The big data analytics company Splunk (NASDAQ:SPLK) will report its fourth quarter and fiscal year 2016 financial results next week following the massive sell-off in enterprise software stocks. For a long period, earnings results of the data visualization company Tableau (NYSE:DATA) are used as an indicator of Splunk's earnings, which usually report a few weeks after Tableau. This unique relationship between Splunk and Tableau goes beyond only statistical correlation. It is also based on the fact that both companies are leading pure-play big data players - their products are complementary to each other, and they service the same audience.
Even though I was very bullish in my previous coverage of Spunk and Tableau, I mentioned a few times that investors' expectations of these companies are unrealistic. Both of these companies traded with high multiples that reflected the potential growth investors applied to investing in these stock. However, it also reflected the embedded risk in investing in these stocks. Unrealistic expectations drove Tableau's stock 45% down after the company reported a 42% YoY top-line growth that was followed by weaker guidance than analysts' consensus. For Tableau, it's the second time in a relatively short period that the company has experienced a double-digit plunge in stock price after releasing its financial reports - it also happened for the company's Q2 earnings. When investors expect a company - no matter which company - to grow in double digits YoY every quarter and hike guidance every quarter, they are inflating a bubble. No company could maintain that pace for very long.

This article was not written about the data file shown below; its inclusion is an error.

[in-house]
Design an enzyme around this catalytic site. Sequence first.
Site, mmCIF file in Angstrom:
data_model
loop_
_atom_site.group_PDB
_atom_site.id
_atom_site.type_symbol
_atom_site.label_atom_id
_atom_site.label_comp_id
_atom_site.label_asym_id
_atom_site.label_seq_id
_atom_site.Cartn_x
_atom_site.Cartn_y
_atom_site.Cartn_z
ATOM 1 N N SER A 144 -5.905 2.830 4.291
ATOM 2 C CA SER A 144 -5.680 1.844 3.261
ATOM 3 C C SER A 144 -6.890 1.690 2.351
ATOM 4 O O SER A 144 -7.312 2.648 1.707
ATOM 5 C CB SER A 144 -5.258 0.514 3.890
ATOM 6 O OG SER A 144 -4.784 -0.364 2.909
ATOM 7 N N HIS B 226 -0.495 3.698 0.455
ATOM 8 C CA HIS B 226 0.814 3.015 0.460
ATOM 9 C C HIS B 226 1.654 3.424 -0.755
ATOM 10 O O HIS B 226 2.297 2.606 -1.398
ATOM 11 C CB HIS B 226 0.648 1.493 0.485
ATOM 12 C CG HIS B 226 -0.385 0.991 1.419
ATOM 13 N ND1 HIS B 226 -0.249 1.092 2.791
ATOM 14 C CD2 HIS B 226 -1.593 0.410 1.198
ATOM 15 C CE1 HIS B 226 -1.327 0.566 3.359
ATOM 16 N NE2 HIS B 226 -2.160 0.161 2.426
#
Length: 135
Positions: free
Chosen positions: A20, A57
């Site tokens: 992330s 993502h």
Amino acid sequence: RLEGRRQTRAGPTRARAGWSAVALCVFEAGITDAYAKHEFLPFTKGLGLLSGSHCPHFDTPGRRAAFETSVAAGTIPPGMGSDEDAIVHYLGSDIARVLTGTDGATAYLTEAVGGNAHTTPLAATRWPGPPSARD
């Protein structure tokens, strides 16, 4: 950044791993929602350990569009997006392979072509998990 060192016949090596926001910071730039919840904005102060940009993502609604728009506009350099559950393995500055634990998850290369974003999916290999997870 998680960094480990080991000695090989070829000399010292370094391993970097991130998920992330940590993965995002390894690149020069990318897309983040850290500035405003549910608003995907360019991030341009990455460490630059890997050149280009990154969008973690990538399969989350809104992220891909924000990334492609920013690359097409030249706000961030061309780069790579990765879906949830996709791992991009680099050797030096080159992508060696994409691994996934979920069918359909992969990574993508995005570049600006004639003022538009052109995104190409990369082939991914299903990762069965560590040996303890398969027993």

After the recent, disappointing earnings report by Tableau, Splunk's stock price dropped 15% and completed a 58% plunge from July 2015. As shown in the chart below, this is the second time that Splunk has experienced such a sharp drop since the company went public in 2012. In 2015, it took Splunk's stock three months to hit a bottom while in this case Splunk's stock has been dropping for seven months, and this is probably not the bottom of the sell-off yet mainly due to the global stock market's weakness.
As the big data analytics market grows, more companies want a piece of that growth - IBM (NYSE:IBM), SAP (NYSE:SAP), Microsoft (NASDAQ:MSFT) and Amazon (NASDAQ:AMZN) are in different stages of penetrating and gaining market share in this field. Introducing new solutions by big tech companies does not mean that market share and revenues of small pure-play companies like Splunk and Tableau will be affected. However, when these companies have much deeper pockets than pure-play companies, and they offer many complimentary services like infrastructure, ERP, CRM, storage and more to their network of clients, they are well-positioned to have successful penetration.